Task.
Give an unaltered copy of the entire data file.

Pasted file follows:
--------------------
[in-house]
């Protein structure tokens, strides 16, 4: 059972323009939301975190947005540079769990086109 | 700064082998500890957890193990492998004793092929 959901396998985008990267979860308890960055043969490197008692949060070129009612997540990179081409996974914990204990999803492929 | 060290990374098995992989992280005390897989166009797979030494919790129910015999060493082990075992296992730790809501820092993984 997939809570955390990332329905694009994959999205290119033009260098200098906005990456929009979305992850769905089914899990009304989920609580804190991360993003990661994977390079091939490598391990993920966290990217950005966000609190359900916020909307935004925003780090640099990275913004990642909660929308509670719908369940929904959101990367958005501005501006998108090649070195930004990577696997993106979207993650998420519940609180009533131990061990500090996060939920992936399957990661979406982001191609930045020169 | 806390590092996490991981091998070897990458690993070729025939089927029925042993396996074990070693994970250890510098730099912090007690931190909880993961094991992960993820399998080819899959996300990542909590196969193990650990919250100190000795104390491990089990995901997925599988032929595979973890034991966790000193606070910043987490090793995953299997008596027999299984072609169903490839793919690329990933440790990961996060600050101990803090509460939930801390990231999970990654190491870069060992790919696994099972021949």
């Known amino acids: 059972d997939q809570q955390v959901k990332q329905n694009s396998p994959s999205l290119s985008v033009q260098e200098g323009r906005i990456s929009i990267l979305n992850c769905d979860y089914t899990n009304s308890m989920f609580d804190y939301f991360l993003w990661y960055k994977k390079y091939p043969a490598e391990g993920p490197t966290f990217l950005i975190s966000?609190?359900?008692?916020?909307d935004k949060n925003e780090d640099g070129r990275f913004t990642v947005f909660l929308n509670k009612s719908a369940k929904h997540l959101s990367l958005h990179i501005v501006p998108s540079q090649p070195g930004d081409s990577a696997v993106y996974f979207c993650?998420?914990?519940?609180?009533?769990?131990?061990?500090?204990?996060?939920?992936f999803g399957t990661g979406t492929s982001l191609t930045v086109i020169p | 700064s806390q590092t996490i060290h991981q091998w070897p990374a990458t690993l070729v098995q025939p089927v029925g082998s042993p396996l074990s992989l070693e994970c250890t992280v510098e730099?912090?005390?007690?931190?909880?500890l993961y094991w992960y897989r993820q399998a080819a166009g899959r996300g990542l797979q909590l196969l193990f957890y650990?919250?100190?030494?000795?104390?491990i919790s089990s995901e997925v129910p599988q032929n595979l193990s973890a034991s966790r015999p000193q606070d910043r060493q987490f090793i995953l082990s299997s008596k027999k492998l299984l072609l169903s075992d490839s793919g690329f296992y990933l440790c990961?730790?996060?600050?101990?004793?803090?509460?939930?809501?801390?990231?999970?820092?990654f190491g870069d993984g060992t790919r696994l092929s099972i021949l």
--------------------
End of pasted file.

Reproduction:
[in-house]
């Protein structure tokens, strides 16, 4: 059972323009939301975190947005540079769990086109 | 700064082998500890957890193990492998004793092929 959901396998985008990267979860308890960055043969490197008692949060070129009612997540990179081409996974914990204990999803492929 | 060290990374098995992989992280005390897989166009797979030494919790129910015999060493082990075992296992730790809501820092993984 997939809570955390990332329905694009994959999205290119033009260098200098906005990456929009979305992850769905089914899990009304989920609580804190991360993003990661994977390079091939490598391990993920966290990217950005966000609190359900916020909307935004925003780090640099990275913004990642909660929308509670719908369940929904959101990367958005501005501006998108090649070195930004990577696997993106979207993650998420519940609180009533131990061990500090996060939920992936399957990661979406982001191609930045020169 | 806390590092996490991981091998070897990458690993070729025939089927029925042993396996074990070693994970250890510098730099912090007690931190909880993961094991992960993820399998080819899959996300990542909590196969193990650990919250100190000795104390491990089990995901997925599988032929595979973890034991966790000193606070910043987490090793995953299997008596027999299984072609169903490839793919690329990933440790990961996060600050101990803090509460939930801390990231999970990654190491870069060992790919696994099972021949």
């Known amino acids: 059972d997939q809570q955390v959901k990332q329905n694009s396998p994959s999205l290119s985008v033009q260098e200098g323009r906005i990456s929009i990267l979305n992850c769905d979860y089914t899990n009304s308890m989920f609580d804190y939301f991360l993003w990661y960055k994977k390079y091939p043969a490598e391990g993920p490197t966290f990217l950005i975190s966000?609190?359900?008692?916020?909307d935004k949060n925003e780090d640099g070129r990275f913004t990642v947005f909660l929308n509670k009612s719908a369940k929904h997540l959101s990367l958005h990179i501005v501006p998108s540079q090649p070195g930004d081409s990577a696997v993106y996974f979207c993650?998420?914990?519940?609180?009533?769990?131990?061990?500090?204990?996060?939920?992936f999803g399957t990661g979406t492929s982001l191609t930045v086109i020169p | 700064s806390q590092t996490i060290h991981q091998w070897p990374a990458t690993l070729v098995q025939p089927v029925g082998s042993p396996l074990s992989l070693e994970c250890t992280v510098e730099?912090?005390?007690?931190?909880?500890l993961y094991w992960y897989r993820q399998a080819a166009g899959r996300g990542l797979q909590l196969l193990f957890y650990?919250?100190?030494?000795?104390?491990i919790s089990s995901e997925v129910p599988q032929n595979l193990s973890a034991s966790r015999p000193q606070d910043r060493q987490f090793i995953l082990s299997s008596k027999k492998l299984l072609l169903s075992d490839s793919g690329f296992y990933l440790c990961?730790?996060?600050?101990?004793?803090?509460?939930?809501?801390?990231?999970?820092?990654f190491g870069d993984g060992t790919r696994l092929s099972i021949l």